There are 182 residents and 184 staff at Concord's Villa San Miguel skilled nursing home. Without a state budget, they will all be left with nowhere to go in about a week.
Donald Morley, 73, has Parkinson's disease, dementia and schizophrenia. He can't do anything for himself. His wife of 50 years, Betty, has visited him every day of the five years he's lived here.
"It's just like family to him, this is his home. I cannot take care of him because I don't have the facilities to care of him with," said Betty Morley.
Owner-operator Velda Pierce holds a letter from the state with the ugly financials; they now owe her $1.5 million. She says she'd prefer emergency funding over a shoddy budget that doesn't protect healthcare funding.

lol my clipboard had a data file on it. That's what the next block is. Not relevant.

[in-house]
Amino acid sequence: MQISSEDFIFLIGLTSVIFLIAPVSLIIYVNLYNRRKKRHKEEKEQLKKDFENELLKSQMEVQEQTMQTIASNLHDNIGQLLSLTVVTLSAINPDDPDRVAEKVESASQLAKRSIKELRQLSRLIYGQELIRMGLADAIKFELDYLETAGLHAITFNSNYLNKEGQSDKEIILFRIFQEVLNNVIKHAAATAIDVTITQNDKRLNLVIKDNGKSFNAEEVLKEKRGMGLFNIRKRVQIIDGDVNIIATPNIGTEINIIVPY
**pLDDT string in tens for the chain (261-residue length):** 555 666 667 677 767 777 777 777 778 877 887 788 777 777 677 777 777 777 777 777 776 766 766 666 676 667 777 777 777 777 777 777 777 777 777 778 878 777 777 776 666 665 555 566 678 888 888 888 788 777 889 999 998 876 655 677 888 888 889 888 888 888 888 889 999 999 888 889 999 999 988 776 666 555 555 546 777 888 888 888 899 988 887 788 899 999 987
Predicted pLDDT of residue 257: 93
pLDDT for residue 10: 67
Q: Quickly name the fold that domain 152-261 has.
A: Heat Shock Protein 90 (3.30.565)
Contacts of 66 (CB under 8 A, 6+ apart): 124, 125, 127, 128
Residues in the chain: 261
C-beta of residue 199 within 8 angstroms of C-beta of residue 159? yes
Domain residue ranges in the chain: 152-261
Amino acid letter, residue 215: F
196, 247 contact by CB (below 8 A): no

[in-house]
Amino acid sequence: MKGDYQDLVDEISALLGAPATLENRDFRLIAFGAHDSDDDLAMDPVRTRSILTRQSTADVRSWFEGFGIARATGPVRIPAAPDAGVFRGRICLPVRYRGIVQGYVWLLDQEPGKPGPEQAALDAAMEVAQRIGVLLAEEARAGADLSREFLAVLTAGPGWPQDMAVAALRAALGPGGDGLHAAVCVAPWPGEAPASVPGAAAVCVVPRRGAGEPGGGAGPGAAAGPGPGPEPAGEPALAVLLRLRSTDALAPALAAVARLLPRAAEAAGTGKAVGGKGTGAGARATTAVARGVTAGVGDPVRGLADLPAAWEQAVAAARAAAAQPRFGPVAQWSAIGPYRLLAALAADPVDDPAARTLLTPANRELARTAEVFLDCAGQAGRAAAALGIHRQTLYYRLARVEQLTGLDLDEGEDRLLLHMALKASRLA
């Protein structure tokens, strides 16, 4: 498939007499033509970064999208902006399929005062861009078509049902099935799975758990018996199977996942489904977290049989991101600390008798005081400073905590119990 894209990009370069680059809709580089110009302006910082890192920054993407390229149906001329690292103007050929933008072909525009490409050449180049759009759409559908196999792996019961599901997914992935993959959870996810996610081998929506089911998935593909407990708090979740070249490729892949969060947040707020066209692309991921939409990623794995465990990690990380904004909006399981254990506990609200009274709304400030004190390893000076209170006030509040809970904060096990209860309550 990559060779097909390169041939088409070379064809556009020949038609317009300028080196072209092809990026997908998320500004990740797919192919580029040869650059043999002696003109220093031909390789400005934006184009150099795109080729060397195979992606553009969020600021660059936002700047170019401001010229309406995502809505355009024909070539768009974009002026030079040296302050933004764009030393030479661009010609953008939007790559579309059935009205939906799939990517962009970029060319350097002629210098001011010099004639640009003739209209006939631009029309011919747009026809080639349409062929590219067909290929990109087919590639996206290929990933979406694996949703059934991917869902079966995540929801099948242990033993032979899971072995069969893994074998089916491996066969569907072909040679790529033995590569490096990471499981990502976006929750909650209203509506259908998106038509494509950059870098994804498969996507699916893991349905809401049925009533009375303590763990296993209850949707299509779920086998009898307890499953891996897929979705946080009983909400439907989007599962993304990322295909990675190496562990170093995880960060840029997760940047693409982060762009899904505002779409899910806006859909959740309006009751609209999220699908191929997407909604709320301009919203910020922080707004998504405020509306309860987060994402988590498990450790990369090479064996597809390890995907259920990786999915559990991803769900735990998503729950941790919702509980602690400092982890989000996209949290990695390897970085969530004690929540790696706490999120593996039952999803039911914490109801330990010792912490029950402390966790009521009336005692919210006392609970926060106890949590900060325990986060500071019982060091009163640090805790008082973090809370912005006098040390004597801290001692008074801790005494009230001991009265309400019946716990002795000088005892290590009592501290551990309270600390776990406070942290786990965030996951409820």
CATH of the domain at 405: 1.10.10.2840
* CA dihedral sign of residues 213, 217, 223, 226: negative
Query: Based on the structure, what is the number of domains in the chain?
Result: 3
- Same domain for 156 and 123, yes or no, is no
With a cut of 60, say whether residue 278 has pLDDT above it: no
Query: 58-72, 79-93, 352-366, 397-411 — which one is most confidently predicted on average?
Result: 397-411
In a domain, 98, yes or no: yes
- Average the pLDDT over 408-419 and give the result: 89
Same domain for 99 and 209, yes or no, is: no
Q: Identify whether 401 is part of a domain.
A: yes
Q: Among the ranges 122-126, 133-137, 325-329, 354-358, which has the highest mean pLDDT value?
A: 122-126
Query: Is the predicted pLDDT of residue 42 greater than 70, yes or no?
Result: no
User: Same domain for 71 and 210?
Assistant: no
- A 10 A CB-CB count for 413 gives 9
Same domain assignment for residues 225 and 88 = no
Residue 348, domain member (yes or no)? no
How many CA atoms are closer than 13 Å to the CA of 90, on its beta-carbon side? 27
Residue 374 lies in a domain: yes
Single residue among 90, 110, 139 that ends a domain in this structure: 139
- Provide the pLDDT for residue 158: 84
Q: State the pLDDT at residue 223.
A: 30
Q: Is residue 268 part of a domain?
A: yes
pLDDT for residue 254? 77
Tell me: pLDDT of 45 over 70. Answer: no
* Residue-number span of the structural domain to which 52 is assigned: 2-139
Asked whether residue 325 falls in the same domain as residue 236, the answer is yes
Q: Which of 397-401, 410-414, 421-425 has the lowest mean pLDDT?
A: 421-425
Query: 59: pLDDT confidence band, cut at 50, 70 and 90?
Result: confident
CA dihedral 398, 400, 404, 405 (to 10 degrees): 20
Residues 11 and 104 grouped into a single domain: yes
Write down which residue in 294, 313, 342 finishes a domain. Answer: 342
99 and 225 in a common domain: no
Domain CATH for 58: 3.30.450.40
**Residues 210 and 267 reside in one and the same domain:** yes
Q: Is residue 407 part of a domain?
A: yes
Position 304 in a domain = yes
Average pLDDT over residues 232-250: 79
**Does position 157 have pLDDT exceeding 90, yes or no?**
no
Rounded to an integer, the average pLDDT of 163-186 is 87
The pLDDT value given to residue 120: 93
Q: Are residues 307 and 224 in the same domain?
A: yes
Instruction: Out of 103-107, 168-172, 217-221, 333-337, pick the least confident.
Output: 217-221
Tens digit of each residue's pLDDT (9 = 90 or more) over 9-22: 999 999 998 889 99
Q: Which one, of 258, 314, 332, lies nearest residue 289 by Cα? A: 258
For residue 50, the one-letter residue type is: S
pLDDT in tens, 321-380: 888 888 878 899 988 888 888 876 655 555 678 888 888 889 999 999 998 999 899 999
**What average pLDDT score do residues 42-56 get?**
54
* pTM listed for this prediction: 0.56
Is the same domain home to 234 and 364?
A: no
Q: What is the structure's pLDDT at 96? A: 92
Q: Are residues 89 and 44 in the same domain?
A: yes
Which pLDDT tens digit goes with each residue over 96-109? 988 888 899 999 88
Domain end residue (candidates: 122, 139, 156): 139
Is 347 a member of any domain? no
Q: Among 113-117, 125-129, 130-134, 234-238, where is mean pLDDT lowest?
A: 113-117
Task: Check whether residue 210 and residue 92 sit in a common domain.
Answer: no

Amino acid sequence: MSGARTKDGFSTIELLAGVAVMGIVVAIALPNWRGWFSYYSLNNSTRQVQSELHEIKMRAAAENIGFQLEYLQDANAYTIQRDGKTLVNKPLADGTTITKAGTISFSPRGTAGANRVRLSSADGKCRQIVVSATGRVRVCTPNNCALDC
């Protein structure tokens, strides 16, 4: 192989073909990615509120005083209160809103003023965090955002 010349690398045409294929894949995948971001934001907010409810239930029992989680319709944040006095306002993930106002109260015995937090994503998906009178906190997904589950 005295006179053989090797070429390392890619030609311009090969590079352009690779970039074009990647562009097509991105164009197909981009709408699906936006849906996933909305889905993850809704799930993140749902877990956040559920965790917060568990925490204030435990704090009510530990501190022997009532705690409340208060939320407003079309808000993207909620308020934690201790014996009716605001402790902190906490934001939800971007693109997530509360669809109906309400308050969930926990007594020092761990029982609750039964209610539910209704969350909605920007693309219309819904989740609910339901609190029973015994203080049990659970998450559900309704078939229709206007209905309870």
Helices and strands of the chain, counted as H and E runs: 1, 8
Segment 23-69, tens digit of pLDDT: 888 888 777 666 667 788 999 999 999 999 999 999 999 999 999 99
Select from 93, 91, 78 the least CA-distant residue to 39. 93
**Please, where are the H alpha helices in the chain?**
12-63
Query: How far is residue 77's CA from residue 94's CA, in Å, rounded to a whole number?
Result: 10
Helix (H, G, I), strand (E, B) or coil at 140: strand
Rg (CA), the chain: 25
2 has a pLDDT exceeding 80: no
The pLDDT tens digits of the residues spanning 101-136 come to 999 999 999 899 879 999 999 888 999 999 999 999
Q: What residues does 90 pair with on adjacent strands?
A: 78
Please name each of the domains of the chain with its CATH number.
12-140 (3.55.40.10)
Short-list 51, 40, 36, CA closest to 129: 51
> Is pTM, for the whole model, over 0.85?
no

"In reality it isn't a good budget. It doesn't solve the issues or future problems," said Pierce.
"Doesn't that matter to you at this point? Wouldn't you rather have it go through?" asked ABC7's Heather Ishimaru.
"No," said Pierce.
At Brookside Community Health Center in San Pablo, a $500,000 loan will keep them afloat until mid-October. Executive Director Cheryl Johnson says they need the money so she hopes the legislature does override the governor's veto, but like pierce, she's not happy with the budget.
"It's a budget, it passed, we're excited about it, but it really didn't deal with any of the fundamental issues of the budget in itself. It's just basically going to be the next guy's problem," said Johnson.
These desperate times have spurred a new activism. Johnson says they and other medical clinics plan to start a voter registration drive among their patients.
"We want our patients to be able to advocate for themselves and let to politicians know these are people to be reckoned with," said Johnson.
At Villa San Miguel, pierce is calling the families together for an emergency meeting early next week.